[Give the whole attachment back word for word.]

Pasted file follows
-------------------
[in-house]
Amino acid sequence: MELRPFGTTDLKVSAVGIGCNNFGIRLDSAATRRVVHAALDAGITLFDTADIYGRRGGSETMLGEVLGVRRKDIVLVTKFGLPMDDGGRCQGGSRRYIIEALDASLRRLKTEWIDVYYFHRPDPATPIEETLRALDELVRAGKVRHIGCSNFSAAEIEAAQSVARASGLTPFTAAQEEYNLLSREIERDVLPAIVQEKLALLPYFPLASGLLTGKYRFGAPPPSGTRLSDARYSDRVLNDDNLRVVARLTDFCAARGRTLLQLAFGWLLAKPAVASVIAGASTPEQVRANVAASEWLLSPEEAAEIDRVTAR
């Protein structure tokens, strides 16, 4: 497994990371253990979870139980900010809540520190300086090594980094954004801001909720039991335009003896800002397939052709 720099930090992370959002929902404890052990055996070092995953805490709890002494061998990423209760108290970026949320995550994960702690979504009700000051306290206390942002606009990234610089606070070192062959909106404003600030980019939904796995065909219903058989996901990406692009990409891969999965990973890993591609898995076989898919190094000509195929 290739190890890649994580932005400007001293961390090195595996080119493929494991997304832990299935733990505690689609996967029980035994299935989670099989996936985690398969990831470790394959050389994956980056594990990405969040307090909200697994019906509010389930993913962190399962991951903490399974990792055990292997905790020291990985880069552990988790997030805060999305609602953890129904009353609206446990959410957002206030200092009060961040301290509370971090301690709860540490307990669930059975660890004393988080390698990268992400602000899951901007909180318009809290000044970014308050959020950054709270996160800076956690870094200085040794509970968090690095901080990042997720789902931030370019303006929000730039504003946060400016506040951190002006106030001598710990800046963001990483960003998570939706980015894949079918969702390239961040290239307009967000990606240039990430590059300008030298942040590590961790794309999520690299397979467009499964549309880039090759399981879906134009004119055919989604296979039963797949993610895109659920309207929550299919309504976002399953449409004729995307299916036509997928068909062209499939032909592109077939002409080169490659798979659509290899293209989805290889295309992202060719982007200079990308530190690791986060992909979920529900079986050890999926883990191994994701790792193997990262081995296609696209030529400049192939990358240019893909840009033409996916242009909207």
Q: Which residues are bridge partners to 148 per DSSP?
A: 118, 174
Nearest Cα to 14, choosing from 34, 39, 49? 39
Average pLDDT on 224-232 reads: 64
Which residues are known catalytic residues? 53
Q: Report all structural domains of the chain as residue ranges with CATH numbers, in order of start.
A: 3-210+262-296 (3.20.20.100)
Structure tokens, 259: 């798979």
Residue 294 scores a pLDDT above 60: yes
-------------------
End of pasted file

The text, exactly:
[in-house]
Amino acid sequence: MELRPFGTTDLKVSAVGIGCNNFGIRLDSAATRRVVHAALDAGITLFDTADIYGRRGGSETMLGEVLGVRRKDIVLVTKFGLPMDDGGRCQGGSRRYIIEALDASLRRLKTEWIDVYYFHRPDPATPIEETLRALDELVRAGKVRHIGCSNFSAAEIEAAQSVARASGLTPFTAAQEEYNLLSREIERDVLPAIVQEKLALLPYFPLASGLLTGKYRFGAPPPSGTRLSDARYSDRVLNDDNLRVVARLTDFCAARGRTLLQLAFGWLLAKPAVASVIAGASTPEQVRANVAASEWLLSPEEAAEIDRVTAR
């Protein structure tokens, strides 16, 4: 497994990371253990979870139980900010809540520190300086090594980094954004801001909720039991335009003896800002397939052709 720099930090992370959002929902404890052990055996070092995953805490709890002494061998990423209760108290970026949320995550994960702690979504009700000051306290206390942002606009990234610089606070070192062959909106404003600030980019939904796995065909219903058989996901990406692009990409891969999965990973890993591609898995076989898919190094000509195929 290739190890890649994580932005400007001293961390090195595996080119493929494991997304832990299935733990505690689609996967029980035994299935989670099989996936985690398969990831470790394959050389994956980056594990990405969040307090909200697994019906509010389930993913962190399962991951903490399974990792055990292997905790020291990985880069552990988790997030805060999305609602953890129904009353609206446990959410957002206030200092009060961040301290509370971090301690709860540490307990669930059975660890004393988080390698990268992400602000899951901007909180318009809290000044970014308050959020950054709270996160800076956690870094200085040794509970968090690095901080990042997720789902931030370019303006929000730039504003946060400016506040951190002006106030001598710990800046963001990483960003998570939706980015894949079918969702390239961040290239307009967000990606240039990430590059300008030298942040590590961790794309999520690299397979467009499964549309880039090759399981879906134009004119055919989604296979039963797949993610895109659920309207929550299919309504976002399953449409004729995307299916036509997928068909062209499939032909592109077939002409080169490659798979659509290899293209989805290889295309992202060719982007200079990308530190690791986060992909979920529900079986050890999926883990191994994701790792193997990262081995296609696209030529400049192939990358240019893909840009033409996916242009909207």
Q: Which residues are bridge partners to 148 per DSSP?
A: 118, 174
Nearest Cα to 14, choosing from 34, 39, 49? 39
Average pLDDT on 224-232 reads: 64
Which residues are known catalytic residues? 53
Q: Report all structural domains of the chain as residue ranges with CATH numbers, in order of start.
A: 3-210+262-296 (3.20.20.100)
Structure tokens, 259: 């798979």
Residue 294 scores a pLDDT above 60: yes